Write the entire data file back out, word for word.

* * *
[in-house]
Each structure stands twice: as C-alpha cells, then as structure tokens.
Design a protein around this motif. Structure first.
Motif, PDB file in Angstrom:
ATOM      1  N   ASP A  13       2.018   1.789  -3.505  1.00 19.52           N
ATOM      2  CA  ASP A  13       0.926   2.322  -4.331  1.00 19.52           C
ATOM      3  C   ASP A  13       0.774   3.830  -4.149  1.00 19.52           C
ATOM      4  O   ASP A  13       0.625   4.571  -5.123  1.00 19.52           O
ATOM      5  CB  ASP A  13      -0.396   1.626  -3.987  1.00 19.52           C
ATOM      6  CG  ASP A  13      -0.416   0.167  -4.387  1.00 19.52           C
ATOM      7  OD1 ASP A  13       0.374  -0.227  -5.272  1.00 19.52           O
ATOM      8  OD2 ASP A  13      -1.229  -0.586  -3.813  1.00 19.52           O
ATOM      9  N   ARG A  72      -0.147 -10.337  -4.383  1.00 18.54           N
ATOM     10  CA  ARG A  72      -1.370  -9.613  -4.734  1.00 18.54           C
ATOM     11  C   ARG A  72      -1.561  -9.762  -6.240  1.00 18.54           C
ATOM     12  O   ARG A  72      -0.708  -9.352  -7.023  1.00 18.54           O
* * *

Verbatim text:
[in-house]
Each structure stands twice: as C-alpha cells, then as structure tokens.
Design a protein around this motif. Structure first.
Motif, PDB file in Angstrom:
ATOM      1  N   ASP A  13       2.018   1.789  -3.505  1.00 19.52           N
ATOM      2  CA  ASP A  13       0.926   2.322  -4.331  1.00 19.52           C
ATOM      3  C   ASP A  13       0.774   3.830  -4.149  1.00 19.52           C
ATOM      4  O   ASP A  13       0.625   4.571  -5.123  1.00 19.52           O
ATOM      5  CB  ASP A  13      -0.396   1.626  -3.987  1.00 19.52           C
ATOM      6  CG  ASP A  13      -0.416   0.167  -4.387  1.00 19.52           C
ATOM      7  OD1 ASP A  13       0.374  -0.227  -5.272  1.00 19.52           O
ATOM      8  OD2 ASP A  13      -1.229  -0.586  -3.813  1.00 19.52           O
ATOM      9  N   ARG A  72      -0.147 -10.337  -4.383  1.00 18.54           N
ATOM     10  CA  ARG A  72      -1.370  -9.613  -4.734  1.00 18.54           C
ATOM     11  C   ARG A  72      -1.561  -9.762  -6.240  1.00 18.54           C
ATOM     12  O   ARG A  72      -0.708  -9.352  -7.023  1.00 18.54           O